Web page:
EMPLOYMENT OF ALIENS IN THE UNITED STATES: A QUESTION OF DISCRIMINATION AS EVALUATED UNDER STANDARDS OF INTERNATIONAL LAW.
KeywordsDiscrimination in employment -- Law and legislation -- United States.
Aliens -- Legal status, laws, etc. -- United States.
AdvisorWilson, Clifton E.
MetadataShow full item record
PublisherThe University of Arizona.
RightsCopyright © is held by the author. Digital access to this material is made possible by the University Libraries, University of Arizona. Further transmission, reproduction or presentation (such as public display or performance) of protected items is prohibited except with permission of the author.
AbstractThis study is designed to investigate discrimination in employment against resident aliens in the United States as evaluated by both U.S. practices and standards of international law and to determine whether the American treatment of aliens in employment is compatible with the international standard. In order to examine the common assertion that American practices in the treatment of aliens in employment is superior to the international minimum standard, two sets of hypotheses are tested: one on the existence of the minimum international standard, which protects aliens' rights, and the other on the American practice of requiring citizenship for employment, which deprives aliens of equal protection and thereby places the legal position of aliens below the minimum international standard. Three major sources of data for this study involve data from: (1) international arbitrations, conventions and agreements; (2) United States executive, legislative, and judicial decisions and actions; and (3) Immigration and Naturalization Service materials. The major findings indicate that the contemporary minimum international standard includes post-1945 Human Rights instruments together with the traditional minimum international standards. The most significant finding is that the contemporary minimum standard affords aliens the right to work without discrimination and confirms the relevant hypothesis in connection with the minimum standard. The study reveals that aliens in the United States are discriminated against in employment because of alienage at three different levels--federal, state, and private--with more intensity of discrimination at the federal level, despite the equal protection clause in the U.S. Constitution. The study concludes that American employment practice in the period of 1886-1971 was comparable with the international standard. On the other hand, during the 1971-1980 era, U.S. standards were below the minimum international standard as set forth by international law. This confirms the hypothesis, with some modification, that the U.S. practice of demanding citizenship for some employment has undercut the legal position of aliens so that it falls below the minimum international standard.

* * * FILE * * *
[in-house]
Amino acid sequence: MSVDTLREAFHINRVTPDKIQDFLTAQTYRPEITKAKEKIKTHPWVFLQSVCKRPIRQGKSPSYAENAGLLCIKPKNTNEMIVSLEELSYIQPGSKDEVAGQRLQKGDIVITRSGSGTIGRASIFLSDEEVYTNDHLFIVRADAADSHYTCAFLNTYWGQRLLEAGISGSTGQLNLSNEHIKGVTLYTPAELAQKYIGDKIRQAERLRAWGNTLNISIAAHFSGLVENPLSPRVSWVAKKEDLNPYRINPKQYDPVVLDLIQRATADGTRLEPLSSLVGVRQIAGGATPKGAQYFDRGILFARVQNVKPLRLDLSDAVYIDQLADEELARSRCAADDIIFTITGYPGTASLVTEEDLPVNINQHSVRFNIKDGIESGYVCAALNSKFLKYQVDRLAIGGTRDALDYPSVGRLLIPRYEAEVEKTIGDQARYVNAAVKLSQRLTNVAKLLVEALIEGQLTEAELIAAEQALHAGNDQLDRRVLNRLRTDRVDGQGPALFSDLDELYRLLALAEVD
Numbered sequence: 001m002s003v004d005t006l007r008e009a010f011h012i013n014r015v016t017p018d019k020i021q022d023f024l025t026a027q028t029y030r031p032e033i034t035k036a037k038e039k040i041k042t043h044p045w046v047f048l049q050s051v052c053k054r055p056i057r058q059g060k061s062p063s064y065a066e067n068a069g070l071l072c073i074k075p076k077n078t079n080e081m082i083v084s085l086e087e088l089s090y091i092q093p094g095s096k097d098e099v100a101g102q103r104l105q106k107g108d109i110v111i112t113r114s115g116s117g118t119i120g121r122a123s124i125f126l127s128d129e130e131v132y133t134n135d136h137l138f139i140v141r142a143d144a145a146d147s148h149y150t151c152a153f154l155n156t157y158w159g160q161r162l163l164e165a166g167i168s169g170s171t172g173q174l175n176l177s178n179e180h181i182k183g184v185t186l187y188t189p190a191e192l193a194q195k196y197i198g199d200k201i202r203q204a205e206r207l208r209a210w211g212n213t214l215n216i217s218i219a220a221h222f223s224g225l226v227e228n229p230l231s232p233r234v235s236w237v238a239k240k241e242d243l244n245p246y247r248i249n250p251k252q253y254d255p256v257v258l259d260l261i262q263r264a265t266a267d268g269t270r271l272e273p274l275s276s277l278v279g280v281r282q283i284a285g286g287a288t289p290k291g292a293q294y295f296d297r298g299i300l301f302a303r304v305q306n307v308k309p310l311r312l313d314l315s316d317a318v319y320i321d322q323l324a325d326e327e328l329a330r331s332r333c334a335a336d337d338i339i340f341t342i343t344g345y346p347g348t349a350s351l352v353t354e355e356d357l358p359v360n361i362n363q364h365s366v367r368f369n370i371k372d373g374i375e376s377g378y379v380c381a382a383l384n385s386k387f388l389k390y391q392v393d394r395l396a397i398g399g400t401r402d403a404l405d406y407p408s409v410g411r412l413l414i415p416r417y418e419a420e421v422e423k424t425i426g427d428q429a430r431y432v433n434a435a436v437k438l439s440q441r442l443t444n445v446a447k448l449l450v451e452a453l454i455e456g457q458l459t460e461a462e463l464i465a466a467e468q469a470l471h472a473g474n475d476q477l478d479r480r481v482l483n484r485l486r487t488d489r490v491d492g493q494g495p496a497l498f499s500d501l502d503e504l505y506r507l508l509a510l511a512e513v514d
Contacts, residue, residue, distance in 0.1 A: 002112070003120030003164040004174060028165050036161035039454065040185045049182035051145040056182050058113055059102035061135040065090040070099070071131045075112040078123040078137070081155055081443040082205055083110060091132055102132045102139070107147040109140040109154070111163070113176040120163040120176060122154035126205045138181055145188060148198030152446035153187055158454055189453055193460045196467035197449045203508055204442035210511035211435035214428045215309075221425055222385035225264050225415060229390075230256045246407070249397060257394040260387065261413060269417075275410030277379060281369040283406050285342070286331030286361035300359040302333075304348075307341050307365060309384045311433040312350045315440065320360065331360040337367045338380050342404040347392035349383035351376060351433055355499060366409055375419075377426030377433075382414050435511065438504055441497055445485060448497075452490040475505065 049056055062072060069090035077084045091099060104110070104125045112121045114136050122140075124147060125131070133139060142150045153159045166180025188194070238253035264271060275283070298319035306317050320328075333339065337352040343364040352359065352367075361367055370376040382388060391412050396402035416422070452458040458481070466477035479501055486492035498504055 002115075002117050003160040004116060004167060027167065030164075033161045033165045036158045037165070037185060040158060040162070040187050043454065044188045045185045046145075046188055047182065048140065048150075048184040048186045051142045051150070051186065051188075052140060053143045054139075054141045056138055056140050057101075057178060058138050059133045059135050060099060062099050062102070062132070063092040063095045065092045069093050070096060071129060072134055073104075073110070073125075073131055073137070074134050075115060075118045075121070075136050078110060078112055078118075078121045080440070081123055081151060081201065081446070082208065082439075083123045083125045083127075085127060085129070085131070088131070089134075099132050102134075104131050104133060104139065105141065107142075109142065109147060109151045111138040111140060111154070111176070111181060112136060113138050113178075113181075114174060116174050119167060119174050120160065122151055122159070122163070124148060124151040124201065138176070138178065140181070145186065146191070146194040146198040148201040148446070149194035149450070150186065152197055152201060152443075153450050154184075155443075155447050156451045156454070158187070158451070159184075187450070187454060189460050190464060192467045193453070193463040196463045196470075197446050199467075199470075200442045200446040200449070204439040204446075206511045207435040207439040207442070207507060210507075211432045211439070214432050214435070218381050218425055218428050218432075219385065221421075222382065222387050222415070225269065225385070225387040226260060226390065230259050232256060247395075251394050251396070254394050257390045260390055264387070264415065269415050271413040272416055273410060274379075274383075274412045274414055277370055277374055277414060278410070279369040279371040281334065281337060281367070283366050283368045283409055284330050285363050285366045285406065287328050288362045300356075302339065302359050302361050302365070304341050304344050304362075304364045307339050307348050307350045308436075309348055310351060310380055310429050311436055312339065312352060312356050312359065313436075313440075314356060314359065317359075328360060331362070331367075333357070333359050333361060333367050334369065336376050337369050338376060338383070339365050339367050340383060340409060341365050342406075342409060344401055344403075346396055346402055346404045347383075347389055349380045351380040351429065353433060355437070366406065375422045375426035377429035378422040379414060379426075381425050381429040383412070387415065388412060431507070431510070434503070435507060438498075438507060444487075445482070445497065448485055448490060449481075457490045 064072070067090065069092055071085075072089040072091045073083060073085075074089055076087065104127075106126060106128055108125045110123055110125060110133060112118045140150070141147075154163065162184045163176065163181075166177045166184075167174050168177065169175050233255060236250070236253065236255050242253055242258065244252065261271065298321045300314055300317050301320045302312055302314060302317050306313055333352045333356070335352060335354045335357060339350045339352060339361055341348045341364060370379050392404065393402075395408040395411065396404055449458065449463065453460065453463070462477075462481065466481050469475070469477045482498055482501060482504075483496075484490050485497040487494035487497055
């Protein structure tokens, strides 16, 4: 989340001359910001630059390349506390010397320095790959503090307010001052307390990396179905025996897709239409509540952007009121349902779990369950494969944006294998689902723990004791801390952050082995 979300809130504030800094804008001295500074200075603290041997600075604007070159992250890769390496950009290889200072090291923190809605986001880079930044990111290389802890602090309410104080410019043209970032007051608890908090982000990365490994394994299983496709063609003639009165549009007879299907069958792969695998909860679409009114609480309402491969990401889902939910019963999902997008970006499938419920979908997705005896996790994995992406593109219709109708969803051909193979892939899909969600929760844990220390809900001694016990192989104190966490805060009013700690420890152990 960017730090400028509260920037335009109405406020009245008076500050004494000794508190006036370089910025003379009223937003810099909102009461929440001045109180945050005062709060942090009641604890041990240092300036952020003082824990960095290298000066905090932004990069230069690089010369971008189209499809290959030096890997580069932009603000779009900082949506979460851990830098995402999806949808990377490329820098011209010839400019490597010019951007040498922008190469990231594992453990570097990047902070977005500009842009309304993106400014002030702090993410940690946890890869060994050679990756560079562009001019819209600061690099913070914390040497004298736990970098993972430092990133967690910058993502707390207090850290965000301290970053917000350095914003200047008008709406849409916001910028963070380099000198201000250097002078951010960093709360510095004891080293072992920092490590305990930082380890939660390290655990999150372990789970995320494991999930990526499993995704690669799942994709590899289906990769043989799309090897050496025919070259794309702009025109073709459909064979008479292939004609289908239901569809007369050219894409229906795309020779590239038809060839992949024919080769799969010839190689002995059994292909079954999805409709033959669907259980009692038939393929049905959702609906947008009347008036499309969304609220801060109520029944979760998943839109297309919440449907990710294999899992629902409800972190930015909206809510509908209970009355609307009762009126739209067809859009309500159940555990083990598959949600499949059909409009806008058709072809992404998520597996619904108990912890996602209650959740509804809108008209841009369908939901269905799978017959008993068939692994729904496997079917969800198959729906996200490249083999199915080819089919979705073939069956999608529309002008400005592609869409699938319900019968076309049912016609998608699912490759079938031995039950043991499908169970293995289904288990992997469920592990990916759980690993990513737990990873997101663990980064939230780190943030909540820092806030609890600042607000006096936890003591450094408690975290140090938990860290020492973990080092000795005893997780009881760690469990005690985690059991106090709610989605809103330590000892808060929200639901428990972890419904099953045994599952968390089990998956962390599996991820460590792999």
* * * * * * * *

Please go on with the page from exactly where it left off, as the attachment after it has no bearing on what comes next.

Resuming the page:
Degree ProgramPolitical Science